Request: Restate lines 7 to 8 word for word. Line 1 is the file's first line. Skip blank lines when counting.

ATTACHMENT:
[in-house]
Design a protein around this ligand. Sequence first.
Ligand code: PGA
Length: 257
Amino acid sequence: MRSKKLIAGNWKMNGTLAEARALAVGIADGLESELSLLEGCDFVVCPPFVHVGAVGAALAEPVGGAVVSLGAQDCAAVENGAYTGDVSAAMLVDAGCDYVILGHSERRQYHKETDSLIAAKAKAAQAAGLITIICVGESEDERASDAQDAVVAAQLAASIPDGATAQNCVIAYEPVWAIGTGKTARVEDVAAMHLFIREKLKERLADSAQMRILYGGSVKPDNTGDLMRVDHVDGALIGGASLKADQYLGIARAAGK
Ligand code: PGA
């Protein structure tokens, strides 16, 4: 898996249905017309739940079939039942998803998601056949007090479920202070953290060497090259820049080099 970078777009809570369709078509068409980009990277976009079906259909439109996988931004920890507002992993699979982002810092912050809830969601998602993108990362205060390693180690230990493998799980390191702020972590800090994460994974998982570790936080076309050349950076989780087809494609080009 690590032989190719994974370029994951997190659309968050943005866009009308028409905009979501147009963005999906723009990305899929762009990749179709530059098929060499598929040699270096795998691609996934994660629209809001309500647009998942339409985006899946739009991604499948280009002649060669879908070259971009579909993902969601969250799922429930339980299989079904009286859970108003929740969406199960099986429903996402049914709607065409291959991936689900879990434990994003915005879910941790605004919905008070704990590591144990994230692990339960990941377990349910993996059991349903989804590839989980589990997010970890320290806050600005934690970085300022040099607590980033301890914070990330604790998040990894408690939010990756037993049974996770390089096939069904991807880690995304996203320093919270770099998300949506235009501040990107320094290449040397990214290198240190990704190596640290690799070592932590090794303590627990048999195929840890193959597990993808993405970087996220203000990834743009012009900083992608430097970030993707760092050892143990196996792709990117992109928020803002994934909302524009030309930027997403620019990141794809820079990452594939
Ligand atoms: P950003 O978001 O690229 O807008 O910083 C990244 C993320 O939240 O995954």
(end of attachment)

């Protein structure tokens, strides 16, 4: 898996249905017309739940079939039942998803998601056949007090479920202070953290060497090259820049080099 970078777009809570369709078509068409980009990277976009079906259909439109996988931004920890507002992993699979982002810092912050809830969601998602993108990362205060390693180690230990493998799980390191702020972590800090994460994974998982570790936080076309050349950076989780087809494609080009 690590032989190719994974370029994951997190659309968050943005866009009308028409905009979501147009963005999906723009990305899929762009990749179709530059098929060499598929040699270096795998691609996934994660629209809001309500647009998942339409985006899946739009991604499948280009002649060669879908070259971009579909993902969601969250799922429930339980299989079904009286859970108003929740969406199960099986429903996402049914709607065409291959991936689900879990434990994003915005879910941790605004919905008070704990590591144990994230692990339960990941377990349910993996059991349903989804590839989980589990997010970890320290806050600005934690970085300022040099607590980033301890914070990330604790998040990894408690939010990756037993049974996770390089096939069904991807880690995304996203320093919270770099998300949506235009501040990107320094290449040397990214290198240190990704190596640290690799070592932590090794303590627990048999195929840890193959597990993808993405970087996220203000990834743009012009900083992608430097970030993707760092050892143990196996792709990117992109928020803002994934909302524009030309930027997403620019990141794809820079990452594939
Ligand atoms: P950003 O978001 O690229 O807008 O910083 C990244 C993320 O939240 O995954």